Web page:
How an MSP can increase the efficiency of your contingent workforce

An MSP can strengthen your staffing vendor relationships and increase the efficiency of your contingent workforce.

Companies with contingent staffing needs depend on various suppliers to provide talent when it is required. Having a long list of vendors can make it difficult to get a transparent look at the company's spend. For this reason, many businesses implement a vendor management system with the help of a managed services provider to increase transparency and meet contingent staffing needs more efficiently.

Hiring managers at mid-sized companies may believe that such services aren't for them. However, the truth is that an MSP strategy is scalable. To help improve the understanding of how MSPs help businesses, we spoke with staffing solutions experts Kathleen Keliher, Managing Director of Beacon Hill's Solutions Division, and John Williams, Executive Director of Beacon Hill Solutions, and asked them the most pressing questions about how an MSP works and what it can do to improve business.

What happens to our existing supplier community once a decision has been made to move to an MSP?

John: "It is so important that your MSP works with you to ensure that key suppliers remain engaged and active in your new program. An MSP should look at these suppliers as true partners to ensure they are engaged and dedicated. Your suppliers will continue to work in your program and will keep all talent on assignment so there is zero disruption of business."

What are the disadvantages of allowing a traditional MSP to transition all active talent?

Kathleen: "If an MSP transitions talent from your suppliers it causes a strain in the relationship. This strain could cause a permanent separation from the MSP as well as the supplier, who could be critical to your business. It is extremely important that your new MSP values your supplier relationships and works hard to keep them engaged and performing for your business. Transitioning talent sends the wrong message to suppliers, talent and hiring managers."

Vendor relations directly affect the ROI of a contingent workforce.

Can you think of any examples/anecdotes of problems emerging from this legacy approach?

Kathleen: "Yes, in fact, I could speak to several. You run the risk of the suppliers walking away from the relationship. Another would be that the supplier pulls critical talent prior to assignment completion, leaving the business and the hiring manager in a very hard situation. If the transition to an MSP causes business disruption or bad feelings, your change management will be very difficult.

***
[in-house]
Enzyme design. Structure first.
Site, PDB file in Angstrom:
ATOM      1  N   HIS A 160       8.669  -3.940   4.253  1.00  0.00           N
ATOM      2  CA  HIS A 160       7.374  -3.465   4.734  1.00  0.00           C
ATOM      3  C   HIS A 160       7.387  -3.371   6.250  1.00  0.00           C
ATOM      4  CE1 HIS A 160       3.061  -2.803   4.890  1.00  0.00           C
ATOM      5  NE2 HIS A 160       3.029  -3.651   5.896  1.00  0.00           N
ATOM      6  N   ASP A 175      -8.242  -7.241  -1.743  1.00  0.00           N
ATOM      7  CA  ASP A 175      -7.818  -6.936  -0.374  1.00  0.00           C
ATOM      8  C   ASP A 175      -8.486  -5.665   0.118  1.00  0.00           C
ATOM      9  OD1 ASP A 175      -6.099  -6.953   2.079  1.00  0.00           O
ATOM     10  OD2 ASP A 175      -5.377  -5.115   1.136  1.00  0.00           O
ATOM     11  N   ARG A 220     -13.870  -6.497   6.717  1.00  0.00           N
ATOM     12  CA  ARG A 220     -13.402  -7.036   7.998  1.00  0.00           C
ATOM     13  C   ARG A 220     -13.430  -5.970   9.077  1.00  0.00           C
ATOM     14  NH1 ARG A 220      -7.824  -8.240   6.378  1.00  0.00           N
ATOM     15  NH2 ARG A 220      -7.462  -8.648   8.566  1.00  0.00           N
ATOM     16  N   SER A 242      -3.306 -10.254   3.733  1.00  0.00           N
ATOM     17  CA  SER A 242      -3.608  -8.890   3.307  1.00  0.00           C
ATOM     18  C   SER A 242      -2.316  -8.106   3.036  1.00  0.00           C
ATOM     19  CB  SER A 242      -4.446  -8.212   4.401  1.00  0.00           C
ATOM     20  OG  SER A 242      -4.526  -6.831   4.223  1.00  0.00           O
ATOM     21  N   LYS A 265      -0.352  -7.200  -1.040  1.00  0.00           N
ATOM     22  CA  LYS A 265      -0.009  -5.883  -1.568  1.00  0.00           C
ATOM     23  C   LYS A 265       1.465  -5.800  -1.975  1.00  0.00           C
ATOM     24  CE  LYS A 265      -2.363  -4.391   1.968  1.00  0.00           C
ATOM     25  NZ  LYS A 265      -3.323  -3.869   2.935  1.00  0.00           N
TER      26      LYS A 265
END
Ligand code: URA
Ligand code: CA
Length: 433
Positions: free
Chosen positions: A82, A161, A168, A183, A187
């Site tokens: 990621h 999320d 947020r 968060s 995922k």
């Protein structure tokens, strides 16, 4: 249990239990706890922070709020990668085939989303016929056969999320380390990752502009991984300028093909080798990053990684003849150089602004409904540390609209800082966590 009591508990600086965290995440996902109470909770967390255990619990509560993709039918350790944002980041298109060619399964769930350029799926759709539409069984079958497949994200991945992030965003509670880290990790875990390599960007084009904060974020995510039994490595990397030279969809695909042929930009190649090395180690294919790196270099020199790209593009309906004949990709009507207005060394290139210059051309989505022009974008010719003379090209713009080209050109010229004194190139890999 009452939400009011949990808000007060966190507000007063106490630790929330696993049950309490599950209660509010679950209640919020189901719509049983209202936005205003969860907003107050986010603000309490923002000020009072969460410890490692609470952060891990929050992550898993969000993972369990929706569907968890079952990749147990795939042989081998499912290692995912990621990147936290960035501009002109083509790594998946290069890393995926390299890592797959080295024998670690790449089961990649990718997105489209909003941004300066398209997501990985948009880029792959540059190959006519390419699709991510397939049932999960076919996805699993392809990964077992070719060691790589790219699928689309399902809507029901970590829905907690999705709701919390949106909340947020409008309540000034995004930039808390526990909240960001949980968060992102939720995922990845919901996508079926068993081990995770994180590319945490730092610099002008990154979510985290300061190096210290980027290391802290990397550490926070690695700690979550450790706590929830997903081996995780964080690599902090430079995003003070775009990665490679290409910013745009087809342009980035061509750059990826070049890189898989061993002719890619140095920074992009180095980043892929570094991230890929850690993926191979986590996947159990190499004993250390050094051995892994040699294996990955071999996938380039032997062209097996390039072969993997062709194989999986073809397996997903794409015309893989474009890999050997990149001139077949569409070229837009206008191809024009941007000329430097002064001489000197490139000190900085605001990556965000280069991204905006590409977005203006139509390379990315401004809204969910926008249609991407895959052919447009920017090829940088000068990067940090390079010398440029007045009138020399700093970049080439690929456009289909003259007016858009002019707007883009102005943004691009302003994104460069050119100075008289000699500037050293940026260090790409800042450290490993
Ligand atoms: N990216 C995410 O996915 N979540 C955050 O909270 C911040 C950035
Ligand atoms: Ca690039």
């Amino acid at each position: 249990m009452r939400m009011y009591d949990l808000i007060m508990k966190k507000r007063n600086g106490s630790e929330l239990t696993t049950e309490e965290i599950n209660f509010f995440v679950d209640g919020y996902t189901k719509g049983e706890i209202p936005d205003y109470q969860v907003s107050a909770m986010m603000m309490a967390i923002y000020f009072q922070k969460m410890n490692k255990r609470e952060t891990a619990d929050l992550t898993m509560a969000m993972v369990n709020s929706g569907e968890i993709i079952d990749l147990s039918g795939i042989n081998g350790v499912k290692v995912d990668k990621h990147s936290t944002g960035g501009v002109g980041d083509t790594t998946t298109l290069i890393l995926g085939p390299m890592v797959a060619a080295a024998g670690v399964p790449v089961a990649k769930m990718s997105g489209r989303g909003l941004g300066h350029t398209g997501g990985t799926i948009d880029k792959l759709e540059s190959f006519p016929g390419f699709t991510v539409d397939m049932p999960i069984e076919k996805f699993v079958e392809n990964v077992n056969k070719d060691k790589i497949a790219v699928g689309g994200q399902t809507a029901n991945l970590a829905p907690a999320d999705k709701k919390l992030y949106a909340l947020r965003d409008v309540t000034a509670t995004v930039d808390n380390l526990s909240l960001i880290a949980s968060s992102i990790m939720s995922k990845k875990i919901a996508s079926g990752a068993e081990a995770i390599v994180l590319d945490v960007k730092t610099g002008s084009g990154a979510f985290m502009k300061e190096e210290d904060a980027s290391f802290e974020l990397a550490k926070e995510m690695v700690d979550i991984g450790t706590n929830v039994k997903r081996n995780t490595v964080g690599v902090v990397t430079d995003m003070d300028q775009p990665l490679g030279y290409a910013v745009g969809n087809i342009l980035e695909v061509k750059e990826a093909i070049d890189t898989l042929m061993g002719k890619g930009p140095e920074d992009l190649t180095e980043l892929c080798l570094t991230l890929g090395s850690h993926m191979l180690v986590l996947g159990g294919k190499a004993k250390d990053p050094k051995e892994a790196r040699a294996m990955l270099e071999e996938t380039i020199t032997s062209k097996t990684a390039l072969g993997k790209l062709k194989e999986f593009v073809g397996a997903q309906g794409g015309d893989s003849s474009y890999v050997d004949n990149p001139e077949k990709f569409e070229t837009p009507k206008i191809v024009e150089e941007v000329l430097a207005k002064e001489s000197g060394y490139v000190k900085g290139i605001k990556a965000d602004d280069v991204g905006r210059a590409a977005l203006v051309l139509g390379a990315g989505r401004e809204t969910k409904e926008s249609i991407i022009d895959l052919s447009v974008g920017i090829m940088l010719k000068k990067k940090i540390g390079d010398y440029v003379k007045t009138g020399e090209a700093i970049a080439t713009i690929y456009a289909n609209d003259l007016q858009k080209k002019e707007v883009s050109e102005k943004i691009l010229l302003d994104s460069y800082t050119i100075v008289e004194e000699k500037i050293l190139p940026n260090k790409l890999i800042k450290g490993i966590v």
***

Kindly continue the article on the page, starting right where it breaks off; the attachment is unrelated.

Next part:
Who benefits the most from this talent transition approach?

John: "Well, that is easy, the MSP does! They are able to gain immediate revenue at the cost of the supplier and the client company."

Why is a supplier strategy important for meeting a company's unique talent requirements?

Kathleen: "Supplier strategy is one of the most important things to consider when selecting an MSP. The answer is quality over quantity. You will find many MSPs continue to add suppliers to meet the talent demand. This inherently does not work. The more suppliers, the less engagement. Think about it this way: If the MSP sends out your job to 15 different suppliers, it becomes solely a race against time. Many suppliers will either not waste their time working on it or may throw a few resumes to see if something sticks. Instead, MSPs should be focused on working with a select few suppliers by skill category."

John: "These suppliers should be made clearly aware of the partnership so they feel strongly they can be successful and grow their business. These suppliers should feel like they have 'skin in the game' so they work hard on every requisition that crosses their desks. These suppliers should also have a clear understanding of their performance within a program so they can work closely with the MSP to continually improve their outcomes."

Does this vary depending on company size or industry?

John: "The answer is no. It does not matter if you are a small company, mid-market or a large one. The strategy should remain consistent: The right suppliers working on the right requisitions and giving each requisition their full attention."

An MSP can shorten the time it takes to get critical workers.

What trends do you expect to emerge or accelerate in this area in 2017?

Kathleen: "I clearly see a shift away from vendor neutrality. In today's tight talent market, companies are starting to realize the benefit of working with experts in their market that know how to compete and drive the best talent to your organization. This does not happen by sending out a requisition to 20 vendors at the same time."

John: "This formulates through the close working relationship across all business areas with a select few recruitment experts and partners."

What does a successful supplier strategy bring to an organization in terms of efficiency, cost management, and effectiveness?

Kathleen: "It helps you fight in the war for talent. You get the best of the best focused on your business. They are engaged and committed to understanding your unique needs and going to market to meet those needs. This ultimately will reduce time to fill as well as save you time, money and effort on unnecessary turnover."

This content is brought to you by the Marketing Team at Beacon Hill Staffing Group.

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